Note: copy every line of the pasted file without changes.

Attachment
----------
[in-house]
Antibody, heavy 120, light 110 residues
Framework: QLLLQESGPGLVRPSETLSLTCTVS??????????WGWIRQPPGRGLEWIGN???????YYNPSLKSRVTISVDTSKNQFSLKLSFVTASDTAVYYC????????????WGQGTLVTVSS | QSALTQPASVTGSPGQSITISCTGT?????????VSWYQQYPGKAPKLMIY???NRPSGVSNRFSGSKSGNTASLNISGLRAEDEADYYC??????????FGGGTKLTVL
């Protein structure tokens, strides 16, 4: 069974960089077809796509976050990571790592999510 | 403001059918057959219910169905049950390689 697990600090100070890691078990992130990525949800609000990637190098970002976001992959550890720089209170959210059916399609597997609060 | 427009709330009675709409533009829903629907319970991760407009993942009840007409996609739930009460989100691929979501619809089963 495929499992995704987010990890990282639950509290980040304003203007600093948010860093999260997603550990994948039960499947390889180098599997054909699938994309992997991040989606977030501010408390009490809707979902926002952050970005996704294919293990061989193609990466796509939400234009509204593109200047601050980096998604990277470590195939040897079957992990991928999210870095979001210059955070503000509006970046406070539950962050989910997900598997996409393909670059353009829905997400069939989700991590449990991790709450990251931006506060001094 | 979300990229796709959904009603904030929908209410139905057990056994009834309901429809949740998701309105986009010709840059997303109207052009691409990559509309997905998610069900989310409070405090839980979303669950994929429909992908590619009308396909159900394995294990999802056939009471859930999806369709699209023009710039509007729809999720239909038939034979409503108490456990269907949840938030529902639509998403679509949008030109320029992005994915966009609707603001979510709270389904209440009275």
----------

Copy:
[in-house]
Antibody, heavy 120, light 110 residues
Framework: QLLLQESGPGLVRPSETLSLTCTVS??????????WGWIRQPPGRGLEWIGN???????YYNPSLKSRVTISVDTSKNQFSLKLSFVTASDTAVYYC????????????WGQGTLVTVSS | QSALTQPASVTGSPGQSITISCTGT?????????VSWYQQYPGKAPKLMIY???NRPSGVSNRFSGSKSGNTASLNISGLRAEDEADYYC??????????FGGGTKLTVL
């Protein structure tokens, strides 16, 4: 069974960089077809796509976050990571790592999510 | 403001059918057959219910169905049950390689 697990600090100070890691078990992130990525949800609000990637190098970002976001992959550890720089209170959210059916399609597997609060 | 427009709330009675709409533009829903629907319970991760407009993942009840007409996609739930009460989100691929979501619809089963 495929499992995704987010990890990282639950509290980040304003203007600093948010860093999260997603550990994948039960499947390889180098599997054909699938994309992997991040989606977030501010408390009490809707979902926002952050970005996704294919293990061989193609990466796509939400234009509204593109200047601050980096998604990277470590195939040897079957992990991928999210870095979001210059955070503000509006970046406070539950962050989910997900598997996409393909670059353009829905997400069939989700991590449990991790709450990251931006506060001094 | 979300990229796709959904009603904030929908209410139905057990056994009834309901429809949740998701309105986009010709840059997303109207052009691409990559509309997905998610069900989310409070405090839980979303669950994929429909992908590619009308396909159900394995294990999802056939009471859930999806369709699209023009710039509007729809999720239909038939034979409503108490456990269907949840938030529902639509998403679509949008030109320029992005994915966009609707603001979510709270389904209440009275």